At this point of his life, Gino Torretta didn't expect to be a stockbroker for Prudential Securities or even a college football analyst for ESPN2.
"I expected to be playing in the National Football League for a good long time," Torretta says.
Torretta, 30, thought he had the goods. After all, he led the University of Miami to the college football national championship in 1991 and won the Heisman Trophy - the sport's most coveted honor given to the nation's best football player - in 1992.
But the NFL apparently had another idea.
Even though Torretta had a great college career, throwing for more yards and completing more passes than such great Miami quarterbacks as Bernie Kosar and Vinny Testaverde, NFL coaches did not believe Torretta had the capabilities to be a successful pro quarterback. He wasn't drafted until the seventh round in the 1993 NFL Draft by the Minnesota Vikings. Usually, Heisman Trophy winners get snagged in the first round.
"I wasn't the fastest quarterback around, nor did I have the prettiest passing touch, but I always found a way to get the job done," Torretta says.
He didn't get much of a chance to do the job in the NFL. Torretta built up more frequent flyer miles than completions, bouncing around from the Vikings and the Detroit Lions to the San Francisco 49ers and Seattle Seahawks.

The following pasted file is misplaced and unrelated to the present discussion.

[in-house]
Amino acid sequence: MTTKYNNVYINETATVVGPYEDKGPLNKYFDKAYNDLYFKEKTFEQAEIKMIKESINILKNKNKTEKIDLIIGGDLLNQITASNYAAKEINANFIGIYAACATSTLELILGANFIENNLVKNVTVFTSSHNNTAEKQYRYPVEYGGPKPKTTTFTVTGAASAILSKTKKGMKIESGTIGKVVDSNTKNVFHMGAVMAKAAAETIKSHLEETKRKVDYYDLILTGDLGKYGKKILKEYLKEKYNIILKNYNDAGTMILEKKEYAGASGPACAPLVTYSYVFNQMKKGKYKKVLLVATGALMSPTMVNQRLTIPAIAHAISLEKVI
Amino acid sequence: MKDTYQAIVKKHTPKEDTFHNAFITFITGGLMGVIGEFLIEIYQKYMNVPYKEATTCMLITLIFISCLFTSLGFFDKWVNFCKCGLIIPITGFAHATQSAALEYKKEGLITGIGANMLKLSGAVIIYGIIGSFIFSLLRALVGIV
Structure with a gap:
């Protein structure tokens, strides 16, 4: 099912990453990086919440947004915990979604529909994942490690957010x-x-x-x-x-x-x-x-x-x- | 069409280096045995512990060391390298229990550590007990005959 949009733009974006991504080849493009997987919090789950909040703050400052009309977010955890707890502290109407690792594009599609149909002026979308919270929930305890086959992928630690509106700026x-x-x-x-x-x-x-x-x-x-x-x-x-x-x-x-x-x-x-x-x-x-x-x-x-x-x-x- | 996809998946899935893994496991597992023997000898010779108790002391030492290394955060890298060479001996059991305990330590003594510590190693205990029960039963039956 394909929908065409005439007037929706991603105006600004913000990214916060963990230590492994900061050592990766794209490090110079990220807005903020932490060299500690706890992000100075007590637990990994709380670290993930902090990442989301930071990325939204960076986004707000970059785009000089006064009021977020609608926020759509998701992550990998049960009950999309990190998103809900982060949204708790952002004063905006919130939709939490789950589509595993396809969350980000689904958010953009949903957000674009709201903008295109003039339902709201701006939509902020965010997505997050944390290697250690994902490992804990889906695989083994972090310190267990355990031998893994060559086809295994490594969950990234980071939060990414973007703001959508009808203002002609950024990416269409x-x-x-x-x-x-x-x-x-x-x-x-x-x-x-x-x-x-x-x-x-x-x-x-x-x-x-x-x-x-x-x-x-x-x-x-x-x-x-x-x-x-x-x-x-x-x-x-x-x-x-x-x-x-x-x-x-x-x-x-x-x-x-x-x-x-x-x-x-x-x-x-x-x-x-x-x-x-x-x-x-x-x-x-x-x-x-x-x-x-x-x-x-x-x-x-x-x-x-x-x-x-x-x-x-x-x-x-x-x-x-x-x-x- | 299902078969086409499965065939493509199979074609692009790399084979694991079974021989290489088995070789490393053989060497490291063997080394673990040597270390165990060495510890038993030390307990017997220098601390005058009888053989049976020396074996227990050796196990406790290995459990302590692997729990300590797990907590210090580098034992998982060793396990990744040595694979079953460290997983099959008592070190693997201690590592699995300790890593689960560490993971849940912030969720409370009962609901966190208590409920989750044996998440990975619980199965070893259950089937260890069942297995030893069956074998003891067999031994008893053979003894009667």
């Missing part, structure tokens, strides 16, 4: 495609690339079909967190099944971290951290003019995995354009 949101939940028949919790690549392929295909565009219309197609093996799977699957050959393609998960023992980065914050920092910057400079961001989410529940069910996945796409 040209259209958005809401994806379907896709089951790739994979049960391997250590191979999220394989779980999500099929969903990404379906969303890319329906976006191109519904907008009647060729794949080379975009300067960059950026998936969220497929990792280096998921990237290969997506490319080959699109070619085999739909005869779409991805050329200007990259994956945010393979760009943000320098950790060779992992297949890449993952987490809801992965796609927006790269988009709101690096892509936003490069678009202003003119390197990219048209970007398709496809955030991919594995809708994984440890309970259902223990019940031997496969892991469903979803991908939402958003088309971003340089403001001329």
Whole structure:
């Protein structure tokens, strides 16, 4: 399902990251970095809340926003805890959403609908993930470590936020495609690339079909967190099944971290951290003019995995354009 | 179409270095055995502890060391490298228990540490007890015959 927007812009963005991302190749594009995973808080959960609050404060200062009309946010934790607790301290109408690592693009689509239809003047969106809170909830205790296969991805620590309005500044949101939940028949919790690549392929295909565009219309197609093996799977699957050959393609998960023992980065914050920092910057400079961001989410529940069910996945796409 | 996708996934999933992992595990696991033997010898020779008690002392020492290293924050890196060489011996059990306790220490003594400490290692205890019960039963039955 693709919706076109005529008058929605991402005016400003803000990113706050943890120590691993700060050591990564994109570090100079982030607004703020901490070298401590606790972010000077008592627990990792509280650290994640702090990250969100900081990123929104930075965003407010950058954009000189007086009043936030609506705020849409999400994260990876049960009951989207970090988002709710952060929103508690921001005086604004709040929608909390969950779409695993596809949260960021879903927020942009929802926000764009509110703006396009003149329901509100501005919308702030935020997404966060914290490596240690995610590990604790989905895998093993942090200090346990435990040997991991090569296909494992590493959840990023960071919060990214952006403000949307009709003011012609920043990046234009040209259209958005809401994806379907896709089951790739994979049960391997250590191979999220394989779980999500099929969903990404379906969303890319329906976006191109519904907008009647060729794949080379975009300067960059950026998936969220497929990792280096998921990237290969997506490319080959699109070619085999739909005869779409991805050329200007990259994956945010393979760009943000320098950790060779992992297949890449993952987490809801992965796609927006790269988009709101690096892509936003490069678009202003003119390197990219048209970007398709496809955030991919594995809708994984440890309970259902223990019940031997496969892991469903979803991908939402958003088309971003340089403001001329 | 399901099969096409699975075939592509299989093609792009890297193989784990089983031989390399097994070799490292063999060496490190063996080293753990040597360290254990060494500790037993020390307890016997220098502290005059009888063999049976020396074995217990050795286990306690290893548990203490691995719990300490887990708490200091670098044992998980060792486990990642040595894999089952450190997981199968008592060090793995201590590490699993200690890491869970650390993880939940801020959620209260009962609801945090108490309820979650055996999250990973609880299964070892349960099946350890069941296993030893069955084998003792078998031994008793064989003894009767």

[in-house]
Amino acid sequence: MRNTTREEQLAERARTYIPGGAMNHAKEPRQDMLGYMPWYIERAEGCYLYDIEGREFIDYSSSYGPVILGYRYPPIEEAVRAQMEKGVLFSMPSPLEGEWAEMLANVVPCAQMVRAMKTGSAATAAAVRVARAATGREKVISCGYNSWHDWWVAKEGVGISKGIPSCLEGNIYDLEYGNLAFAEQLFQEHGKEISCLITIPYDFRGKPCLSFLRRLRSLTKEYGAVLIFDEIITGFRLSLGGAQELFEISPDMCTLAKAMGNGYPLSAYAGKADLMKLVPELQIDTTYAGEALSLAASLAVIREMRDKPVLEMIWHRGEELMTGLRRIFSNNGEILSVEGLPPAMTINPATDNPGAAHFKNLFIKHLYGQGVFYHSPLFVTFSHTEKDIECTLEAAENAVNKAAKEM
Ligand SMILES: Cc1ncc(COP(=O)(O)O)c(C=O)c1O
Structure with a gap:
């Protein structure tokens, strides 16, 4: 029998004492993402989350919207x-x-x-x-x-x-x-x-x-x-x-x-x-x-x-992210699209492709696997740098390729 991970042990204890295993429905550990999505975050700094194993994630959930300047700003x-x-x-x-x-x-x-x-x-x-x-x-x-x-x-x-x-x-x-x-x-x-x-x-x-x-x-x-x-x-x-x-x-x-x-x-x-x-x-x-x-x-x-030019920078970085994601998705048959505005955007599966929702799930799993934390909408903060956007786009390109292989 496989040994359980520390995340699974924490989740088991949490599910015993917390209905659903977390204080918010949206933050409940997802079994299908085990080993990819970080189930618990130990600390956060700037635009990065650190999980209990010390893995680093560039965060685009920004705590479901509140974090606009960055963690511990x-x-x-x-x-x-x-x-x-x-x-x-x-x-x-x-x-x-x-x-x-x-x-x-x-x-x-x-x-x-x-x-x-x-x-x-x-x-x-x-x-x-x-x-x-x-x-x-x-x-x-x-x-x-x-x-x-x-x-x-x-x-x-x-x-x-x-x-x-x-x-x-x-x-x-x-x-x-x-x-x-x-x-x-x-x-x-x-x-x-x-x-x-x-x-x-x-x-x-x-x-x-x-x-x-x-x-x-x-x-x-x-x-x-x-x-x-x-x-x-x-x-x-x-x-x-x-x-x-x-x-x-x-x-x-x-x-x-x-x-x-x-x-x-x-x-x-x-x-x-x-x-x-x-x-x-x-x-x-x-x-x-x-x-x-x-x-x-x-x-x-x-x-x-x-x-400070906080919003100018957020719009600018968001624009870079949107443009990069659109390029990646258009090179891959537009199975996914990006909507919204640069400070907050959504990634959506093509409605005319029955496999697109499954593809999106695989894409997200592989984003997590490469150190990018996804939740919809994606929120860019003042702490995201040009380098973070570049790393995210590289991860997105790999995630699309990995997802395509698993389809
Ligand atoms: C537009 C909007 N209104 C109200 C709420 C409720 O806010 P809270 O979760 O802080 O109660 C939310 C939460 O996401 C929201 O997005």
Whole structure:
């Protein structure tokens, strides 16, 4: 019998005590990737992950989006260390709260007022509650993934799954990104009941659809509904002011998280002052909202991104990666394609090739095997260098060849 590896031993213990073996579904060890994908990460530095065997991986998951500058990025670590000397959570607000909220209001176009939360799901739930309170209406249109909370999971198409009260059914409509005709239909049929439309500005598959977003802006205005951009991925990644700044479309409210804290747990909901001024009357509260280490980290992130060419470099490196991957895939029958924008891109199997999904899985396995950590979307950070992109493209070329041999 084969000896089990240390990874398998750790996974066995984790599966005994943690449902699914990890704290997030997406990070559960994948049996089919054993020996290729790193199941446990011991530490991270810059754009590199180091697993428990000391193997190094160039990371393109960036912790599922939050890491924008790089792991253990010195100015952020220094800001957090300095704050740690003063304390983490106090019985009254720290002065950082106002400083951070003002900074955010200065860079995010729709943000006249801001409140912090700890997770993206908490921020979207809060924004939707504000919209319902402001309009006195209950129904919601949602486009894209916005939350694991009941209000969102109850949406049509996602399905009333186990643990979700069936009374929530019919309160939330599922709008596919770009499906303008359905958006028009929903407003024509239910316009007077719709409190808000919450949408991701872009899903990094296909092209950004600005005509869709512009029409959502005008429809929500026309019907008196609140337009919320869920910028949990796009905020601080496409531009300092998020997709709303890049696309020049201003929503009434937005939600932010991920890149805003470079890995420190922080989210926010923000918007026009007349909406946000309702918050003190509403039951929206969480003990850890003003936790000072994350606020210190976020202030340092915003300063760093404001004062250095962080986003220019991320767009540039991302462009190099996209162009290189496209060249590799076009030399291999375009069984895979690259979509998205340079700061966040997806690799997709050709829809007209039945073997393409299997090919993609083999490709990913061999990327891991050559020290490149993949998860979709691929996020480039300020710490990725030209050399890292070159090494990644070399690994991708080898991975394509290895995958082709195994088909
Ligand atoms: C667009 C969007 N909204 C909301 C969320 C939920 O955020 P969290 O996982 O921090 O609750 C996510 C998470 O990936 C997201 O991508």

In the four years Torretta was in the NFL, he never started a single game. He threw just 16 passes, completing five of them, one of them for a touchdown.
"I felt I'd be good enough to stay in the NFL for 10 years," Torretta says. "I still feel that way. But sometimes in life, you don't control your own destiny. That's one of the reasons I like this business. You control how much you make, how many clients you want, which clients you want and how you want to deal with them."
Torretta graduated with a bachelor's degree in business administration. He was fascinated with the brokerage industry. And when a friend bet Torretta that he couldn't pass his Series 7 exam, Torretta told him, "Just watch this."
Torretta passed and joined Prudential's Miami branch in 1997.
Meanwhile, Torretta was cultivating another interest in becoming a football analyst. While he was being interviewed during his football career, he made his intentions known to several TV producers.
"Being a Heisman Trophy winner certainly didn't hurt," he says. Later, he auditioned with ESPN and landed the job.
So on Thursdays during the college football season, Torretta takes off from the office and flies to the game he is assigned to broadcast for ESPN2 on Saturday night.
"I love it," he says. "It keeps me involved in the best game in the world. There's nothing like college football - the atmosphere, the excitement, the fans and going to different stadiums all over the country. To me, it's unparalleled. I couldn't be happier."